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You Need to Know Basic Techniques of Stitches?

You Need to Know Basic Techniques of Stitches?

The best way to learn needle point is by actually doing it, but before you embark on your first stitches, there are a few general tips and techniques you need to know about.

Let’s talk about these techniques now.

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Preparation

When measuring the canvas, leave 5cm (2in) extra on each side for stretching it when the work is finished. Always cut it following the same thread along the canvas, otherwise it will unravel, wasting canvas. Once you have cut the canvas, it is a good idea to put masking tape on the raw edges or to hem them or sew on bias binding so that you don’t keep catching your yarn on the rough edges while you are working.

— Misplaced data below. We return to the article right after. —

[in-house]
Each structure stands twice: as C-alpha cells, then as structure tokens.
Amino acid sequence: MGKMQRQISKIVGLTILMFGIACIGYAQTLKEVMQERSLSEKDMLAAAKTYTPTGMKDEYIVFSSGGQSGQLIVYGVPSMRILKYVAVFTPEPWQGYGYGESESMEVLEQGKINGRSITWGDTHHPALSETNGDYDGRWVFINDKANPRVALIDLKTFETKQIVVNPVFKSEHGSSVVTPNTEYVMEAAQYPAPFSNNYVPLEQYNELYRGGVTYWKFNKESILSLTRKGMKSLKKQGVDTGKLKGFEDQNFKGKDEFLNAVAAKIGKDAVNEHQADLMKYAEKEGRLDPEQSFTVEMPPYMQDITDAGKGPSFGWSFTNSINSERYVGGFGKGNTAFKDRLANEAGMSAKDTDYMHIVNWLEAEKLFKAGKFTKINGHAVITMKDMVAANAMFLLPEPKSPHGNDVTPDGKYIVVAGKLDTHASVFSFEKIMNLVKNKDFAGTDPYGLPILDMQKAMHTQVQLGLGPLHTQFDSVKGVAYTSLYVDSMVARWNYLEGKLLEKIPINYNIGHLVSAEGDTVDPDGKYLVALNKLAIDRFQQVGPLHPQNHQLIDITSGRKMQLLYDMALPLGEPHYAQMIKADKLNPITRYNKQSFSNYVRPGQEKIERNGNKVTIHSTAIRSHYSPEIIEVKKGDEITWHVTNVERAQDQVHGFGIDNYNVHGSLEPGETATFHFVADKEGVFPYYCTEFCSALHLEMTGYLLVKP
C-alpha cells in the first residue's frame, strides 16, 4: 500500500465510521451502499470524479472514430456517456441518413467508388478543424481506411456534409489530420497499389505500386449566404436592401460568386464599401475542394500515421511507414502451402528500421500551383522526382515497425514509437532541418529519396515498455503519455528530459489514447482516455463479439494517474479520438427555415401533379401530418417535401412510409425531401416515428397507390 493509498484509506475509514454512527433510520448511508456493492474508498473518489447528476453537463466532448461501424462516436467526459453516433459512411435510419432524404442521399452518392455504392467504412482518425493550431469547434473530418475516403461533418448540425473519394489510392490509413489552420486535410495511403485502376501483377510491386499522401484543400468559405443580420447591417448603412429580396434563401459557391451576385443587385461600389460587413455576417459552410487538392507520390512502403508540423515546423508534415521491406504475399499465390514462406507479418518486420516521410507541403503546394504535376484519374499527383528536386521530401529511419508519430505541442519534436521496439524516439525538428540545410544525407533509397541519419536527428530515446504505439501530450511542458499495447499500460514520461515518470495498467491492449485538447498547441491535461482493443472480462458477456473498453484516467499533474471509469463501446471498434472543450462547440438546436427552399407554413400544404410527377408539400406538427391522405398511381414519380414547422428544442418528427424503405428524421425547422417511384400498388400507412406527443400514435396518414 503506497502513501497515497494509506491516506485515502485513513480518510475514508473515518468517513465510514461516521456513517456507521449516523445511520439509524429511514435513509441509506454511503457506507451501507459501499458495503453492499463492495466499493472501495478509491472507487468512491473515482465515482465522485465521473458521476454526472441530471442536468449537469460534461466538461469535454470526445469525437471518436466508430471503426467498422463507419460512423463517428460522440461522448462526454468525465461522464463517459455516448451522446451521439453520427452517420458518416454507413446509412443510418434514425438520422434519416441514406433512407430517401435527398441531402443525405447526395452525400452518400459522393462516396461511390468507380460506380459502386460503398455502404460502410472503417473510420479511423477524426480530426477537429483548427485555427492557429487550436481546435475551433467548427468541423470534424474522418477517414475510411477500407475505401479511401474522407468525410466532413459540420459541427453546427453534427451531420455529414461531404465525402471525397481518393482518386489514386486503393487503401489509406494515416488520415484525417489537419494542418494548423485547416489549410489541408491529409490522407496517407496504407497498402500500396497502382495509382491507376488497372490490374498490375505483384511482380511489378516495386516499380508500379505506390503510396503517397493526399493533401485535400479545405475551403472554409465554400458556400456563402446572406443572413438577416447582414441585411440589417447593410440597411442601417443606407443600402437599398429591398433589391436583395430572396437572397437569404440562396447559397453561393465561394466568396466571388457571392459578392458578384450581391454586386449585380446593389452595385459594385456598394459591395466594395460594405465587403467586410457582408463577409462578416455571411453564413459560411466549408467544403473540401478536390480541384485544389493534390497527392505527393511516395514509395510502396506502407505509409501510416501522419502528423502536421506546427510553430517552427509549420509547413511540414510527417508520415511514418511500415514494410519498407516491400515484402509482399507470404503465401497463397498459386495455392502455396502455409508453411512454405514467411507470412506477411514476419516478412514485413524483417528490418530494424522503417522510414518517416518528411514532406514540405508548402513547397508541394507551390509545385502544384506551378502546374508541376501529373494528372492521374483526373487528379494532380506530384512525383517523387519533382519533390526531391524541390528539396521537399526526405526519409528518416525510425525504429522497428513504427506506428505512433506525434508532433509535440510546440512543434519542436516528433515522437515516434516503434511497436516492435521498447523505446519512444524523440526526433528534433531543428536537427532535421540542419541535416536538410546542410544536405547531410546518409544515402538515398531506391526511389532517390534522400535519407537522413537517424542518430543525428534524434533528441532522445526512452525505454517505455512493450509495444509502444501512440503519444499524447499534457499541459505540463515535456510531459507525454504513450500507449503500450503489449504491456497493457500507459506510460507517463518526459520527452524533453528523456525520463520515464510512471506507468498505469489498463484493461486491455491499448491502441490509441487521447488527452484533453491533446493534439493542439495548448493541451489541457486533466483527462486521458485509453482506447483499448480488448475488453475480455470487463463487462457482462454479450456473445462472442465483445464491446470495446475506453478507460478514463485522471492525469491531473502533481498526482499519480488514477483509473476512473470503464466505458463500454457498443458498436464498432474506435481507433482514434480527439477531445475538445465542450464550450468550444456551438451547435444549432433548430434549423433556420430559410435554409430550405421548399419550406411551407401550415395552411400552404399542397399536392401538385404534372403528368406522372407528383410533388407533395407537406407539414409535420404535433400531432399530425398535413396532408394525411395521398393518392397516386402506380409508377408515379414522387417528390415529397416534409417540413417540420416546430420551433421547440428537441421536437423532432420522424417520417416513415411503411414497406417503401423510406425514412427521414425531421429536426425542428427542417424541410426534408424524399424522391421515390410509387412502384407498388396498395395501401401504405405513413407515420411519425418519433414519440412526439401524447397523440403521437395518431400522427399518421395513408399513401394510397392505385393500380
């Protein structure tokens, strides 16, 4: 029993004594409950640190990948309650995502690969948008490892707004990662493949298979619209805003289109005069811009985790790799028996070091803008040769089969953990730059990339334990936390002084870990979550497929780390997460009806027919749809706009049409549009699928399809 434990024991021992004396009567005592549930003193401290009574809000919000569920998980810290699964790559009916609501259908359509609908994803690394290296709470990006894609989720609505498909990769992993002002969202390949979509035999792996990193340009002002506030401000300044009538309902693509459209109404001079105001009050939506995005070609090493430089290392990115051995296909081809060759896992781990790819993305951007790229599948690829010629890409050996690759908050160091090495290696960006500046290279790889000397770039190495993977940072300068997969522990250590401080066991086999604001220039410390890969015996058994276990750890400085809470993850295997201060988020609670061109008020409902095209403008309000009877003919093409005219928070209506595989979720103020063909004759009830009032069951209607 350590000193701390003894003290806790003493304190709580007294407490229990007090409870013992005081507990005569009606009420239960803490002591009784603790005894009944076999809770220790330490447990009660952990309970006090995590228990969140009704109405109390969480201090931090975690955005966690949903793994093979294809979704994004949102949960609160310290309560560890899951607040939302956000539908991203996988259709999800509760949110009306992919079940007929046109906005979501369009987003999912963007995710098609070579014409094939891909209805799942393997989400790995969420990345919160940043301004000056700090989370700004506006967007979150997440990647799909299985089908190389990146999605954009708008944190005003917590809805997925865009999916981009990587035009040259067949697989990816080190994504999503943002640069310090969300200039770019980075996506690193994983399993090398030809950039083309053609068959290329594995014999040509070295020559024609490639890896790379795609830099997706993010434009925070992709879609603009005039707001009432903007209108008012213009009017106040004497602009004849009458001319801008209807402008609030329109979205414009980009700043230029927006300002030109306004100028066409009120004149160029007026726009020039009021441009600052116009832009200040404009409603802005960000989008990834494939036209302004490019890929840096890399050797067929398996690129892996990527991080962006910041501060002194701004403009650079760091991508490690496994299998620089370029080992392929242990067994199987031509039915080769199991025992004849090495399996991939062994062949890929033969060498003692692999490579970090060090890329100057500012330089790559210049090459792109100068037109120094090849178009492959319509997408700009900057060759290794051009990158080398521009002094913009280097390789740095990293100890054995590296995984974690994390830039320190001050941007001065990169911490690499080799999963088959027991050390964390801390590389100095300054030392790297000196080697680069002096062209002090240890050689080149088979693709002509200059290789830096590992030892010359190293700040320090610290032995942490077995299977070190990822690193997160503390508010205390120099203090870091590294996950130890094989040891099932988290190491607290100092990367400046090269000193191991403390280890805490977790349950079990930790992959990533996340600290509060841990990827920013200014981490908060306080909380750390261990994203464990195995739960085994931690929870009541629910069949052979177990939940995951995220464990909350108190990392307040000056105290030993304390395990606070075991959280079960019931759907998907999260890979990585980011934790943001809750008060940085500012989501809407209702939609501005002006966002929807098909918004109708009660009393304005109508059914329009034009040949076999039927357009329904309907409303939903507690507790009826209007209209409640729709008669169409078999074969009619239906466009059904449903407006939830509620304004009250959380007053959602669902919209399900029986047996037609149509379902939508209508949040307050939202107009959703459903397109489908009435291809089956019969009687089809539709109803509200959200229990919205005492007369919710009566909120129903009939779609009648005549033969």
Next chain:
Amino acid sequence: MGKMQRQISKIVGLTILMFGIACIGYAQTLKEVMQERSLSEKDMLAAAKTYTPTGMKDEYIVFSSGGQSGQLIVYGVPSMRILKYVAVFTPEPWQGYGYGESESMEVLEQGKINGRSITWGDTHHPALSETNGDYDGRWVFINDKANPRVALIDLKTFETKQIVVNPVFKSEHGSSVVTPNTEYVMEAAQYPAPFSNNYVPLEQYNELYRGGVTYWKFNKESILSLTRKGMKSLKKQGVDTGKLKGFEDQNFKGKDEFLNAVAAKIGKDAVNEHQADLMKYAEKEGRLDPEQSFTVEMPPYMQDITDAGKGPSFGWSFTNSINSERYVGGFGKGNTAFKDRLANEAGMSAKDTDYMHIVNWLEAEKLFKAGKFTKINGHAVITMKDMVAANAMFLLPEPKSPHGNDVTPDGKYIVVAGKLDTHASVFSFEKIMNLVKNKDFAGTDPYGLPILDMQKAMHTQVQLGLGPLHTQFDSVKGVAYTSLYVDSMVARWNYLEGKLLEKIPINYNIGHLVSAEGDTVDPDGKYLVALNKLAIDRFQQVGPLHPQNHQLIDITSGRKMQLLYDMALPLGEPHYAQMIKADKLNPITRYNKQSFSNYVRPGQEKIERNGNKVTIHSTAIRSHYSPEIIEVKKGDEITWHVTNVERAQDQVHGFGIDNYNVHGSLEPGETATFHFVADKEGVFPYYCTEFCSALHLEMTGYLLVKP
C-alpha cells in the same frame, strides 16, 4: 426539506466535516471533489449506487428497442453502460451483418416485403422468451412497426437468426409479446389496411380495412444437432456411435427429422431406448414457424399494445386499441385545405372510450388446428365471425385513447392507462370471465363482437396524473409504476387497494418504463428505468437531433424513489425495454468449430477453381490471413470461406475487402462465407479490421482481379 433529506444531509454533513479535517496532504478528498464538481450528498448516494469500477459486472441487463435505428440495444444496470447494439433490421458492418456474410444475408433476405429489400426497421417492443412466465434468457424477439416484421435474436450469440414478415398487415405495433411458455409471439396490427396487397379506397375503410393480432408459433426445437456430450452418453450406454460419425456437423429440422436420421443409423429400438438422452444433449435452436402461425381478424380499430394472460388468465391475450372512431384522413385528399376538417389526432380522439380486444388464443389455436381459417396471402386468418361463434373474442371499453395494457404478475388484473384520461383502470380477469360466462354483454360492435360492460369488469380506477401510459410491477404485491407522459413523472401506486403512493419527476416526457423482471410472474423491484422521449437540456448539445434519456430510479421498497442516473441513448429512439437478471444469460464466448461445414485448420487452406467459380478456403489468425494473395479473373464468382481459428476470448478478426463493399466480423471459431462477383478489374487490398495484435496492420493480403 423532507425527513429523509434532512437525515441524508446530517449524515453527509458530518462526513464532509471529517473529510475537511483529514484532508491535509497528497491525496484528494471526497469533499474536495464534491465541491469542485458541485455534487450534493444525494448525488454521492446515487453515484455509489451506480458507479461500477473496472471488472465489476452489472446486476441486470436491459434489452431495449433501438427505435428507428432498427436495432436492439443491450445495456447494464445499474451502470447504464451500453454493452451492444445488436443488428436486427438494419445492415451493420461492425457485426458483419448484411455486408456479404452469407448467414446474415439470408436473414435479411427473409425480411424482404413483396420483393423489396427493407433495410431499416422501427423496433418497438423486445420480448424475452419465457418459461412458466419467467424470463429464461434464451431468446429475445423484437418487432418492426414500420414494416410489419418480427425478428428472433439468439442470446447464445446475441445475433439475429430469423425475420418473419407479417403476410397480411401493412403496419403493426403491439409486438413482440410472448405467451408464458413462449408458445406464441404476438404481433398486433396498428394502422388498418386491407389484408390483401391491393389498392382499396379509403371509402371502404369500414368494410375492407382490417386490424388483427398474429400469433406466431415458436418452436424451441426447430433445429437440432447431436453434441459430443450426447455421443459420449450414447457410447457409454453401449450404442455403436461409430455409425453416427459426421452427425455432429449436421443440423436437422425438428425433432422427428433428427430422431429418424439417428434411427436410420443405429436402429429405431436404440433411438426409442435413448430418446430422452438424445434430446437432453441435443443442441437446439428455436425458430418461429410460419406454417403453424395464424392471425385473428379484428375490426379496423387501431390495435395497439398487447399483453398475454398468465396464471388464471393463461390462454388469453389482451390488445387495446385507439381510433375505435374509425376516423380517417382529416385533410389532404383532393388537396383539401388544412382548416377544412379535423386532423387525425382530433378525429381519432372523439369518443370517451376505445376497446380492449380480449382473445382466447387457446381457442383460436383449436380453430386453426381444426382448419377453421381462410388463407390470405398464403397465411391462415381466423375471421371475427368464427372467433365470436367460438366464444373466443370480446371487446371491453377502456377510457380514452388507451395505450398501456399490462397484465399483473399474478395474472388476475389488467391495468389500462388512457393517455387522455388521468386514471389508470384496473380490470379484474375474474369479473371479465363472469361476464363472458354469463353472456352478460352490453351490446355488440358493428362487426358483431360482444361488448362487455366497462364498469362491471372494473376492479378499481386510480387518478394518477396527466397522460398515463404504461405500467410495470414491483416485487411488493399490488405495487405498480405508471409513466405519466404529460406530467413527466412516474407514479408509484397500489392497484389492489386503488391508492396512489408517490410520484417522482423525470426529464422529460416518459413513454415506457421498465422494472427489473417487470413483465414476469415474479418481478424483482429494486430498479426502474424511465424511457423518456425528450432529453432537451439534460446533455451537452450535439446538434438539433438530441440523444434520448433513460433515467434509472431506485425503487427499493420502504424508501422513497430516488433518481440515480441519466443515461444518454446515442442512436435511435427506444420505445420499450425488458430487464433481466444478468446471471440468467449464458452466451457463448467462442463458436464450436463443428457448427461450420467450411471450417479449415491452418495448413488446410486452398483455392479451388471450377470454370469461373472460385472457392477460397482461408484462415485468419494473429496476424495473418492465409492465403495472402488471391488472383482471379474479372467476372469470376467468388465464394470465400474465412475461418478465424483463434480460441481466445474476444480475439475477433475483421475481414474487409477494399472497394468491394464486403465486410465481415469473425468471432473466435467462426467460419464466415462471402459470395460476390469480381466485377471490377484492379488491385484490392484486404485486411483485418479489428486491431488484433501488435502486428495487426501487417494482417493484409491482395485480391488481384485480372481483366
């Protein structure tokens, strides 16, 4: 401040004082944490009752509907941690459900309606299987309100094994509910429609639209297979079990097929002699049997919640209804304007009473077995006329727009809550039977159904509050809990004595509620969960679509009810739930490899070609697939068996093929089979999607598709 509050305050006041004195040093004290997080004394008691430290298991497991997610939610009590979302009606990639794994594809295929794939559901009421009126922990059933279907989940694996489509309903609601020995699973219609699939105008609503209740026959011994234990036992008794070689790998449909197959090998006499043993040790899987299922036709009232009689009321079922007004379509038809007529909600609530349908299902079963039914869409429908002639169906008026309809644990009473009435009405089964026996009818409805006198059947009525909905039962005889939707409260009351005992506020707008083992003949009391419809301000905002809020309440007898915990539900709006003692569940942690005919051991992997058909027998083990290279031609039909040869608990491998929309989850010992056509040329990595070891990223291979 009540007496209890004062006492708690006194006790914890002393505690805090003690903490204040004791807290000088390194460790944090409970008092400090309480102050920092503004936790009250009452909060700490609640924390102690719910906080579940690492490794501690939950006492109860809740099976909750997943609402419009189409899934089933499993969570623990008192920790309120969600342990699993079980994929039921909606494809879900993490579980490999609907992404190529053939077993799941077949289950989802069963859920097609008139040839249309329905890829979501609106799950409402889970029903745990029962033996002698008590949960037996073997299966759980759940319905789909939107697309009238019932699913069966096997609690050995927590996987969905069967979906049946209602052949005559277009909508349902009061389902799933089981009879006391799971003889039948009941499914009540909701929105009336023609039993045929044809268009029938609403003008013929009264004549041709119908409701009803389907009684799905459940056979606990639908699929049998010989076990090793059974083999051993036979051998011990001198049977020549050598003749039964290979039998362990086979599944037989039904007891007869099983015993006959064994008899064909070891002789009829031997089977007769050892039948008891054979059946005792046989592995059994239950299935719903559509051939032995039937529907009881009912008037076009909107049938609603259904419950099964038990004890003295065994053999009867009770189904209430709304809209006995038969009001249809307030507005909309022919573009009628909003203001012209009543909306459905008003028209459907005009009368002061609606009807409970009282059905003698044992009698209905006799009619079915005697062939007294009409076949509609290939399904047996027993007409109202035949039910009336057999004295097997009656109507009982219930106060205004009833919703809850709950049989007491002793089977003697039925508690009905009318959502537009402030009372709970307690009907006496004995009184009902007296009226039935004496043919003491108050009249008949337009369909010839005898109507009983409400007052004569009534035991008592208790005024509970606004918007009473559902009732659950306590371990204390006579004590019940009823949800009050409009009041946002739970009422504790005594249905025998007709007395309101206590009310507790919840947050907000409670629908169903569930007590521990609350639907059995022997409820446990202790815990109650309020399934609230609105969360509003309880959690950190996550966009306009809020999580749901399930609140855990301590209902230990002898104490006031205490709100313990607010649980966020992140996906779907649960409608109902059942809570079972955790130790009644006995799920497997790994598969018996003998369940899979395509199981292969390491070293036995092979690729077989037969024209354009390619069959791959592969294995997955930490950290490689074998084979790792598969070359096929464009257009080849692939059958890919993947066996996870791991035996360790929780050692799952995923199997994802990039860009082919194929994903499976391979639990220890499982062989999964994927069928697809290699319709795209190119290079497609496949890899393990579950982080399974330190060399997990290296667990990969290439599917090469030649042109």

It is useful to mark with an arrow which way up the design is so that you always know in which direction you are working. Otherwise, if you have to keep putting your work down to do other things (as is inevitable) it is all too easy to pick it up and start stitching in the wrong direction.

Use lengths of yarn that are no longer than 50cm (20in); anything longer becomes worn, weak and thin, giving insufficient coverage.

There is no need to use knots; they create a very uneven texture and make it more difficult to stretch the finished work. To begin without a knot, bring the needle up through the hole in the canvas where you wish to make the first stitch, while holding a 2.5cm (lin) tail of wool underneath with your other hand. Form the first stitch and pull it firm, holding the tail so that the stitch cannot pull through, then form the second and subsequent stitches so as to catch in the tail on the underside. Similarly, when finishing a strand of thread, darn it in neatly on the underside of the canvas and cut off any remaining end.